Dipin: The advantage is creating the brand lifestyle. Our partners end up using our products in their everyday life and it becomes their point of reference in audio. By sharing our audience with our partners KEF can get a better understanding of how users of KEF products interact with other products in their daily lives. As different products enhance different aspects of peoples’ lives (i.e. getting a better car, new clothes or new phone) KEF Speakers enhance the audio part. By working with different marketing partners we can make sure the enhancements are easy as possible for consumers to understand and see in their daily lives.

Kurt: As we mentioned earlier, you focus a lot on strategic partnerships, if you were able to give a bit of advice to another head of marketing, what would you say are the top three things to look for in a partner before entering a marketing partnership?

Dipin: The first bit of advice is; get out of your comfort zone. It is easy to only think about your Brand and marketing partnerships in your industry, but look outside your industry to see how your brand or product can enhance another industry. My personal example is, “I love listening to music in the evening during the week, but an album can sound much better with a Glenlivet 18 in my hand.”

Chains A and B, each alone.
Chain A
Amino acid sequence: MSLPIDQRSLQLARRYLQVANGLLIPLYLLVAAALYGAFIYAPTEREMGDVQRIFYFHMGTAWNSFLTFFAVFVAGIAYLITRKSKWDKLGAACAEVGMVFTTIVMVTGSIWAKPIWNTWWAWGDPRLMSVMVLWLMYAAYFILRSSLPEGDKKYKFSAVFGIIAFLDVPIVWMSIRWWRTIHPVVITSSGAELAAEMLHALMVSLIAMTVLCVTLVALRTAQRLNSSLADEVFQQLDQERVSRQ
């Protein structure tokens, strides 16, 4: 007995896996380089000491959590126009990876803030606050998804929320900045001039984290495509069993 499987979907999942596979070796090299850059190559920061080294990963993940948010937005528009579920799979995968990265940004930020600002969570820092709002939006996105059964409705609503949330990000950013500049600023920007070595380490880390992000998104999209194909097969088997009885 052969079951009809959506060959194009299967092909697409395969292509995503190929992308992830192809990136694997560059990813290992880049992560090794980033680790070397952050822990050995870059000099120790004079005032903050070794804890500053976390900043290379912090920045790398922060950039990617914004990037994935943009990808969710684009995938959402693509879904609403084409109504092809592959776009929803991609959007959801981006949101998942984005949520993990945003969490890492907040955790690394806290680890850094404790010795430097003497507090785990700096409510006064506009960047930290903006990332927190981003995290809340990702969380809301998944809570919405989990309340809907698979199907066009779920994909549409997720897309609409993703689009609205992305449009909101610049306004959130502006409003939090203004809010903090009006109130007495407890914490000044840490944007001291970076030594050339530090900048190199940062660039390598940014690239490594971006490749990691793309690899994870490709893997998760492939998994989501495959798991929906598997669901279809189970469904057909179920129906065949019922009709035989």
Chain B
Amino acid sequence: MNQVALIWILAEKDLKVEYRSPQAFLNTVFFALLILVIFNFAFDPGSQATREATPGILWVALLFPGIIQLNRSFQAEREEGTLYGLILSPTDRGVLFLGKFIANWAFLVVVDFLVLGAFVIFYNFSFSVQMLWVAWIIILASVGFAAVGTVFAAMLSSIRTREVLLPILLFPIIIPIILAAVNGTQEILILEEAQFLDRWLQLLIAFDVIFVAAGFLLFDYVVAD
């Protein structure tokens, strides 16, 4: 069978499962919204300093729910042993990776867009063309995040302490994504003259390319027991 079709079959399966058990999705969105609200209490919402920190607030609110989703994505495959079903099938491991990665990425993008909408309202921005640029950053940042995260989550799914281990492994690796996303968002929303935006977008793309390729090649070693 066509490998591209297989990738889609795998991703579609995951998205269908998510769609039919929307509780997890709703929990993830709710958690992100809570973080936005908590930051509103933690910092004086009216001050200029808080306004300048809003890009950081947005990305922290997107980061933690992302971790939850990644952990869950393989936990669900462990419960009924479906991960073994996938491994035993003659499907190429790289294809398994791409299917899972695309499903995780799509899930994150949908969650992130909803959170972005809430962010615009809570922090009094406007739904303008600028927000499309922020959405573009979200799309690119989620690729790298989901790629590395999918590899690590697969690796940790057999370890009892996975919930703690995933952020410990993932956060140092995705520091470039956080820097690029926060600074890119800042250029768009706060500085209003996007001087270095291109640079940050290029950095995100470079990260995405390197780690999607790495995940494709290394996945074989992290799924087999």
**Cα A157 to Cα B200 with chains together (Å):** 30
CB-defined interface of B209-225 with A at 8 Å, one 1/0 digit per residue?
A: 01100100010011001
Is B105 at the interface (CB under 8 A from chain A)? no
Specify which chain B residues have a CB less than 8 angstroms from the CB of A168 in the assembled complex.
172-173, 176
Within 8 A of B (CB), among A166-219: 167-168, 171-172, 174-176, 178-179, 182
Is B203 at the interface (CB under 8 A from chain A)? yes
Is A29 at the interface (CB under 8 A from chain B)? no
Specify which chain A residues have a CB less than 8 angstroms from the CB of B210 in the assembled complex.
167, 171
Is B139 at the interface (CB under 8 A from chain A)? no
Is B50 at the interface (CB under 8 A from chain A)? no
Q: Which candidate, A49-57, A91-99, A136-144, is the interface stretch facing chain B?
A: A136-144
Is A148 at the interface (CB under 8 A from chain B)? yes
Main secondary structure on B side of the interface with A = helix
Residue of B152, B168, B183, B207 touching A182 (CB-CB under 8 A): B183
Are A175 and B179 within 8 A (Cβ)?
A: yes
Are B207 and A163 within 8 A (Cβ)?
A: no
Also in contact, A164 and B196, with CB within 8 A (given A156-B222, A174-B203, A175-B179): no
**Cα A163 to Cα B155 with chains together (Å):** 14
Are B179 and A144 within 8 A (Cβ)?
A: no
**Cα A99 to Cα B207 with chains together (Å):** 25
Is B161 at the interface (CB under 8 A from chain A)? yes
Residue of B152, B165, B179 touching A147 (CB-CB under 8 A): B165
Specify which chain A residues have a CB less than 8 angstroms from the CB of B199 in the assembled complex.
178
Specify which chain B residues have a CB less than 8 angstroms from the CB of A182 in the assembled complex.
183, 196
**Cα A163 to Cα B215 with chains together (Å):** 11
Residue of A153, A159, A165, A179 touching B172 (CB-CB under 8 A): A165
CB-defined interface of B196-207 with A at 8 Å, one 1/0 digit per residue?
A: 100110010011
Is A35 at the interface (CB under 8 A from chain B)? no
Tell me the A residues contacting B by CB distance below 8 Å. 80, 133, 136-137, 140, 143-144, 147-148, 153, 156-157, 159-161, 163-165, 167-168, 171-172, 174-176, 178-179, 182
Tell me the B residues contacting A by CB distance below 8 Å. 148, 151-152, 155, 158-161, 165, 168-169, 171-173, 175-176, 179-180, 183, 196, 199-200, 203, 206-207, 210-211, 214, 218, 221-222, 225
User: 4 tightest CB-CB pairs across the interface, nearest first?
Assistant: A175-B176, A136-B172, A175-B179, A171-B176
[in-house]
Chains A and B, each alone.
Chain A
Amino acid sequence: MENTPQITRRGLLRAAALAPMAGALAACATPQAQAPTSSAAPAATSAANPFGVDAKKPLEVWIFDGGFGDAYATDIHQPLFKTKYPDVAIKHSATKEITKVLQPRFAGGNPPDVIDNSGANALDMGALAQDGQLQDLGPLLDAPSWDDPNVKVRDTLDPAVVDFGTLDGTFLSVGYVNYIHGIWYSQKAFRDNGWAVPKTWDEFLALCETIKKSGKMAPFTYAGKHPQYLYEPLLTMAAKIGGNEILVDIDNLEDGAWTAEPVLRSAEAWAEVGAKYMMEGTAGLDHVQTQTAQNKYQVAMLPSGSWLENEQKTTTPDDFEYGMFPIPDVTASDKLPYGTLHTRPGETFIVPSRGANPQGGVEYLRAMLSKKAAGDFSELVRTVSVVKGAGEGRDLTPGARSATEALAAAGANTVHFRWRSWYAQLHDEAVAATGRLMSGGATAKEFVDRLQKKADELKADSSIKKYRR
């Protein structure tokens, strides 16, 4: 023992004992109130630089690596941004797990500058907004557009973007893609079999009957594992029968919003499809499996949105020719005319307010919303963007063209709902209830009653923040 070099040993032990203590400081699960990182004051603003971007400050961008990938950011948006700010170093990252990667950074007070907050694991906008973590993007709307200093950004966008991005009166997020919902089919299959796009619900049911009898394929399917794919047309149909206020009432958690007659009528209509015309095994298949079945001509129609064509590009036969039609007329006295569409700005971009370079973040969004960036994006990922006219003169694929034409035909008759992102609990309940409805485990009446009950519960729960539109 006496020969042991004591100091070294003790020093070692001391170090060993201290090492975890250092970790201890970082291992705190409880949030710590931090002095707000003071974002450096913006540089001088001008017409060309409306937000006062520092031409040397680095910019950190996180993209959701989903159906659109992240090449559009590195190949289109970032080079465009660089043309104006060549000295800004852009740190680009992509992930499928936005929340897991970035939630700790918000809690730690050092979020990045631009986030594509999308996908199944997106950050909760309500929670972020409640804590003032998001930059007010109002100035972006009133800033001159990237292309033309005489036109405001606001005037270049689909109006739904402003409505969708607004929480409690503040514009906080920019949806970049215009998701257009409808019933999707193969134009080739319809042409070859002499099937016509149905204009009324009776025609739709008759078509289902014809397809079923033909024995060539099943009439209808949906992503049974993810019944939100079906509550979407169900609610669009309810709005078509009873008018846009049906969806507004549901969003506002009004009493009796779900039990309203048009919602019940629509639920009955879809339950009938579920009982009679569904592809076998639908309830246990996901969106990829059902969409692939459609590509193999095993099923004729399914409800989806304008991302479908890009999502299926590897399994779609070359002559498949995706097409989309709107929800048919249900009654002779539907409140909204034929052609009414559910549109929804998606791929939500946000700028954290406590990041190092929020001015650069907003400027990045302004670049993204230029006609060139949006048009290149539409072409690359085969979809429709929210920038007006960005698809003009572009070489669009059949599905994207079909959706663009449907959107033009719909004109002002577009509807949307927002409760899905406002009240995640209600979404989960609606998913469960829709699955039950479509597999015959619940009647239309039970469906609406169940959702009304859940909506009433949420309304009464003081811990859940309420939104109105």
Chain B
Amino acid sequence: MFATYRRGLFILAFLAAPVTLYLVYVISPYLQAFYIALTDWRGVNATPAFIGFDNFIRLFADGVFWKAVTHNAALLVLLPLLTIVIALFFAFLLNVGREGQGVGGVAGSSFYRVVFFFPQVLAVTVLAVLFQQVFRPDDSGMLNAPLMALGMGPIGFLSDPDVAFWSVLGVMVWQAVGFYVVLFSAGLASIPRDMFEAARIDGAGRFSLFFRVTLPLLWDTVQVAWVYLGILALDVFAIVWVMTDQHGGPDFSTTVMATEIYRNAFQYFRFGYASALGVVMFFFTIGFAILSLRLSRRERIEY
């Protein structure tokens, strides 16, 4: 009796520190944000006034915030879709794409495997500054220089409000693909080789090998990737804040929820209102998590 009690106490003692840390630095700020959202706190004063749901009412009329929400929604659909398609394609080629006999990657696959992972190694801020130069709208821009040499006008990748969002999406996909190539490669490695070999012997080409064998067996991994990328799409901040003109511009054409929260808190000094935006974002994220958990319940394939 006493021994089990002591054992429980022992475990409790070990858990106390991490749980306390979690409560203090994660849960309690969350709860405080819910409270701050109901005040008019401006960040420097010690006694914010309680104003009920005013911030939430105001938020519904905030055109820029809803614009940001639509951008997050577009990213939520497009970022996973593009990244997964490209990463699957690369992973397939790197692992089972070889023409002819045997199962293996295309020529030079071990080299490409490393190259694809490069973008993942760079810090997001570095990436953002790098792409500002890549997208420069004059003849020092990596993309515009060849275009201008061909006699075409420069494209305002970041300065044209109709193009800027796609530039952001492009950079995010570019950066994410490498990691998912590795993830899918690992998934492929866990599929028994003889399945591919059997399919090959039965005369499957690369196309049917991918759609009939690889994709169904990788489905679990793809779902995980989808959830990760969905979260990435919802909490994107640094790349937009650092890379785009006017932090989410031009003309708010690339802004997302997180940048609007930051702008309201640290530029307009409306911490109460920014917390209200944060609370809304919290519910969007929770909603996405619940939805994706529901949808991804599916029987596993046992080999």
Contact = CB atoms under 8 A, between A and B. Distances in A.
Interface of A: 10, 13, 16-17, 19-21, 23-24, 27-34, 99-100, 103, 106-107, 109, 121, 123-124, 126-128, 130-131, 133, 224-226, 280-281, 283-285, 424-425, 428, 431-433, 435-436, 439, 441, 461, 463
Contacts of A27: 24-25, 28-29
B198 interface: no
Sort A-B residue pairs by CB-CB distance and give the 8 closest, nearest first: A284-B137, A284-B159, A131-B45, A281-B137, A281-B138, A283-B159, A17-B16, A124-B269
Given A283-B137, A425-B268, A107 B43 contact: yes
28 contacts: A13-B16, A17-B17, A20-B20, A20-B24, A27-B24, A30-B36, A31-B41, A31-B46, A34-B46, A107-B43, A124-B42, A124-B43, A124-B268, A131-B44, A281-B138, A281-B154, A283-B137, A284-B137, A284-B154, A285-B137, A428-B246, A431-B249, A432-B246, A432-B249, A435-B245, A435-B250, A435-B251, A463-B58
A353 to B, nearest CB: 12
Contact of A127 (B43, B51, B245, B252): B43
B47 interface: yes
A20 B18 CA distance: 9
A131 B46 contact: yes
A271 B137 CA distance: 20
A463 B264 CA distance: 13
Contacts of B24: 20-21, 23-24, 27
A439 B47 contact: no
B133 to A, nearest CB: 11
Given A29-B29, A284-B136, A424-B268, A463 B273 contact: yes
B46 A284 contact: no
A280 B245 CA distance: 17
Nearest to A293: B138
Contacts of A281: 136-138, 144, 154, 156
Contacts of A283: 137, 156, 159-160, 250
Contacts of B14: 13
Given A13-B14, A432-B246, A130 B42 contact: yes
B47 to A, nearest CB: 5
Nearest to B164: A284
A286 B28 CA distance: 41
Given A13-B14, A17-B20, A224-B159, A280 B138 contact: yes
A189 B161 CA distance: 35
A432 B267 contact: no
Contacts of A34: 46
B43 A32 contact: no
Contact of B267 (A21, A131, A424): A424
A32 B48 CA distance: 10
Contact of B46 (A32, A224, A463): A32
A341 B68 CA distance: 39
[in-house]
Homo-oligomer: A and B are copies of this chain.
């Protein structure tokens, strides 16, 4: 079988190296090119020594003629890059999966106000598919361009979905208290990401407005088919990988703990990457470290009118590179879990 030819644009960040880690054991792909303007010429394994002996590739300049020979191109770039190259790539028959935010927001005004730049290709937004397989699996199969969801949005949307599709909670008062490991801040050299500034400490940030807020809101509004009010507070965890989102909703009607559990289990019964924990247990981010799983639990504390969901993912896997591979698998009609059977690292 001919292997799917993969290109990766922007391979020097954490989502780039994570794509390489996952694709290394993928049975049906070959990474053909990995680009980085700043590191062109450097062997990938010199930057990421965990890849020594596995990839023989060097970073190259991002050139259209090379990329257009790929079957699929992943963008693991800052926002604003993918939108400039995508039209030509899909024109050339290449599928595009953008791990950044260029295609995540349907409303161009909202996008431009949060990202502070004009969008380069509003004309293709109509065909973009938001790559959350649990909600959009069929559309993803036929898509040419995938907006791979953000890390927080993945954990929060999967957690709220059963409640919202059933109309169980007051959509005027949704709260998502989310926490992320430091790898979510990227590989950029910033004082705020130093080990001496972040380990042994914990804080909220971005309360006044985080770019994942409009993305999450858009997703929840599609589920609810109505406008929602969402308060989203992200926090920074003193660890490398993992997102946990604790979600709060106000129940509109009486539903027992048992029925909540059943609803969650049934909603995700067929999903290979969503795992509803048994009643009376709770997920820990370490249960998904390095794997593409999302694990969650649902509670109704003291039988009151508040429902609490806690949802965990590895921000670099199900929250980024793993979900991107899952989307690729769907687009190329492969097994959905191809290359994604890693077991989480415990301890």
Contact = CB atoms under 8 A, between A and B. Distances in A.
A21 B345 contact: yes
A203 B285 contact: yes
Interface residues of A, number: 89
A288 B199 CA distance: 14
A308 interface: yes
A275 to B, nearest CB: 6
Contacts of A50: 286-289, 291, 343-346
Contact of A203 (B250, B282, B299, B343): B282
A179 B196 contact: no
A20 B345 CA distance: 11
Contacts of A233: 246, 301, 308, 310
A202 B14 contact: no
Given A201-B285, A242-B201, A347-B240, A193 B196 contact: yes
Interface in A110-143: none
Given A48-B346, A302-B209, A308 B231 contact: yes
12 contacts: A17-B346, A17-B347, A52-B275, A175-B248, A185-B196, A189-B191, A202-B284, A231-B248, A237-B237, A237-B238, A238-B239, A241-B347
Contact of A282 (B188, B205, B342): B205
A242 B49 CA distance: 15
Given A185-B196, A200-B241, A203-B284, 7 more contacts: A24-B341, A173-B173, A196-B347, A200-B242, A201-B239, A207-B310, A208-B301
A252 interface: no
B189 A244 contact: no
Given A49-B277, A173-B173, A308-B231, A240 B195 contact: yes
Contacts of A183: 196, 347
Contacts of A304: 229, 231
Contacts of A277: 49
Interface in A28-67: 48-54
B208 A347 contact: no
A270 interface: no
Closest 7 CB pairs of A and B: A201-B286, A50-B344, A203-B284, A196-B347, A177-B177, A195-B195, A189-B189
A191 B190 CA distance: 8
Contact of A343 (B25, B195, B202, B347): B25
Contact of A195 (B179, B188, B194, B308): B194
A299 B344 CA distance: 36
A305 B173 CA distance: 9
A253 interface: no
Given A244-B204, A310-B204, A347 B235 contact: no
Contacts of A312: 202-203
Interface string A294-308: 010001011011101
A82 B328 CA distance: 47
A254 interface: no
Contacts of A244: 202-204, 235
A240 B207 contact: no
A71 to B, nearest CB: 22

The Second bit of advice is think long term. Consistency pays off over the long haul. Trends sprout up and die quickly. Hopping on trends can easily lead to your brand dying along with the trend and becoming an unnecessary causality. Legacy branding is what will keep your message strong and consistent as trends come and go.

The last bit of advice is broken up into 2 parts. The first is every partnership strategy needs to have a ROI. In the end, all partnerships need to lead to sales. Which leads me to my second point of; Don’t underestimate the power of ‘No.’ It can be hard to say ‘No’ to opportunities, especially if they are cheap or cost nothing, but being able to say ‘No’ will protect the brand and more importantly the consumer perspective of the brand.

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What amazed me about talking with Dipin is KEF’s willingness to experiment with new marketing partners and desire to keep trying things until they find the right mix. They’ve found a great mix of taking the lead in cross-promotions and knowing how to include marketing partners in the creation of much of their content. If you ever get the chance to see one of their KEF Blades in person, it will forever change how you think about those earbuds that came with your iPhone.

What topics and questions do you want to hear in our next interview series? Let me know below or on twitter at @KurtUhlir . Be sure to follow Dipin at @Datsm1015 too.